Also, many households these days are comprised to two primary wage earners, and rarely are both workers employed in the same place. So the solution is, live near work for one and let the other drive, or compromise and live somewhere near the middle between the two and require both to drive moderate distances.

Now I can anticipate what many of you will say -- the rising cost of gasoline is going to change all that. Well, maybe, to some extent over the long term. But I don't think we're there yet. One of my good friends who is a planner and believes in this concept, just took a new job that is considerably further away from where he had been working. Is he planning to move? I don't think so -- he's just getting to the point where his kids are moving through high school, and I don't think they want to leave. Reality!

Sunday, August 20, 2006

It's About Schools This Year

Well, by popular demand (or else driven by my idiotic propensity to get myself in trouble), I'm back in the blogosphere! It's been a nice vacation, but it's hard to stay silent as so many juicy issues (soccer stadium, downtown Salt Lake, charter schools, etc.) go rolling by.

Actually, here's what happened. My wife, daughter and I took off on July 5 for a wonderful 2-week vacation to Scotland and Ireland (more interesting observations on what those cities and urban environments are like maybe in a future blog entry). When we returned, any of you who have gone on an extended vacation know what it's like to return to your desk and see all the piled-up work that awaits! Then, a few days later, we were off again to my wife's family reunion in Idaho, which she was in charge of -- which meant I spent lots of time helping her get ready and organized for that one.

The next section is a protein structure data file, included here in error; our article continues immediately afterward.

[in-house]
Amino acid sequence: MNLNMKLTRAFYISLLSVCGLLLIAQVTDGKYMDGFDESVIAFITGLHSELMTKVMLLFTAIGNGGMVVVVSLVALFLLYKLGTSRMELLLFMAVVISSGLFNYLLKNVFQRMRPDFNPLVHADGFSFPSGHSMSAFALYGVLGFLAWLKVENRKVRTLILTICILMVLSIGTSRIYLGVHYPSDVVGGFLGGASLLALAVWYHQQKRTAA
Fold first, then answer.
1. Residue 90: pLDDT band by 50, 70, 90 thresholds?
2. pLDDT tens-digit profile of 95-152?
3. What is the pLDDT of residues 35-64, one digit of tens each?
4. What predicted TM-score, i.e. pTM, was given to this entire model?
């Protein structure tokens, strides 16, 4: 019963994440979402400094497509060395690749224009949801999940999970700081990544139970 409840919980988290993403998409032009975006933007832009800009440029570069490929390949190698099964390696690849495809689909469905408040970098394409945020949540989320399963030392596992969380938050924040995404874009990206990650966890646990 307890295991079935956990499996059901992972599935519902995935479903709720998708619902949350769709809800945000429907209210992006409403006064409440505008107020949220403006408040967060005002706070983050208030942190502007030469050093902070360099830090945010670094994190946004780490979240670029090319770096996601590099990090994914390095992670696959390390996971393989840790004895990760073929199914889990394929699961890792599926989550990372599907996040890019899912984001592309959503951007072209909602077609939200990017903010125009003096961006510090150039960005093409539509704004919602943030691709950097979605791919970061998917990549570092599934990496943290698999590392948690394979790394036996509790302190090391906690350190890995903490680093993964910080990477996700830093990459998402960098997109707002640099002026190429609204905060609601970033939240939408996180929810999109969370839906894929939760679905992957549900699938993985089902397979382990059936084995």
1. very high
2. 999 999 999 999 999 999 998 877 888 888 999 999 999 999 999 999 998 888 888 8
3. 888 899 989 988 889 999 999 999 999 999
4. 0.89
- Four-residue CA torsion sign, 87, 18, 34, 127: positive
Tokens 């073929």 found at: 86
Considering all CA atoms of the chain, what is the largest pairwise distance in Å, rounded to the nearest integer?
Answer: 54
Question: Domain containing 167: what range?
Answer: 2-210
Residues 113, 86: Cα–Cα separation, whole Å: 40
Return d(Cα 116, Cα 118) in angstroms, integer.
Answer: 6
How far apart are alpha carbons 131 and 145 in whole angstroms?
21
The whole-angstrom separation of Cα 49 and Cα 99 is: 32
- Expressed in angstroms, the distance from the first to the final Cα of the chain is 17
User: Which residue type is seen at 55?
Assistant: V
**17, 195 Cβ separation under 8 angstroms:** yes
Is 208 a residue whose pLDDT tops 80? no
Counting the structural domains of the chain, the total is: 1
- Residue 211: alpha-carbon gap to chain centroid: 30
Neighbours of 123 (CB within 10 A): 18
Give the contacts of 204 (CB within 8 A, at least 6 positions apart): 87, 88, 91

By then, I had not blogged for nearly a month. Now for those of you who haven't tried this, to keep up a blog is a fairly intense exercise -- looking for interesting stuff to blog about, getting the time to write, etc. I began to think it had been rather nice not having to try to keep up a near-daily effort, and thought, well, nobody will notice much anyway so let's just let it go.

Well, I have heard from so many people asking me what happened to my blog, why I wasn't blogging anymore, how they enjoyed reading it (though very few comment!). Nearly every day, I ran into people asking me about it, including many I had never met before or didn't know. I started to think that maybe I should get things going again, I guess people do read and find it interesting, if not useful.

I saw many topics float by that gave me that urge again to comment, but I kept delaying. Finally, today, the DesNews lead editorial gave me the final push to get me back online, so here I am.

The editorial follows a story earlier in the week where the West Jordan city council discussed and adopted a resolution urging the state legislature to change state law to allow impact fees to be charged for new school construction. The editorial correctly points out the prohibition enacted a few years ago in response to a school impact fee arrangement implemented by Park City. The charge against such fees was led by Sen. Al Mansell, the long-time lead warrior against impact fees, likely for the reasons pointed out in the editorial.

As the opinion piece points out, if fees are allowed for water and sewer systems and parks and so on, why shouldn't they also be allowed for new school construction? No question, there needs to be the recognition of what extensive impact fee totals can do to the price of housing, but the impact of rising taxes (primarily property taxes) and the resistance to them must also be considered.

Given the recent furor over charter schools, it looks like one of the big issues in the upcoming legislative session will be growth and schools. What could be more emotional to our citizens than land use and education? Combining the two together should make for an interesting session!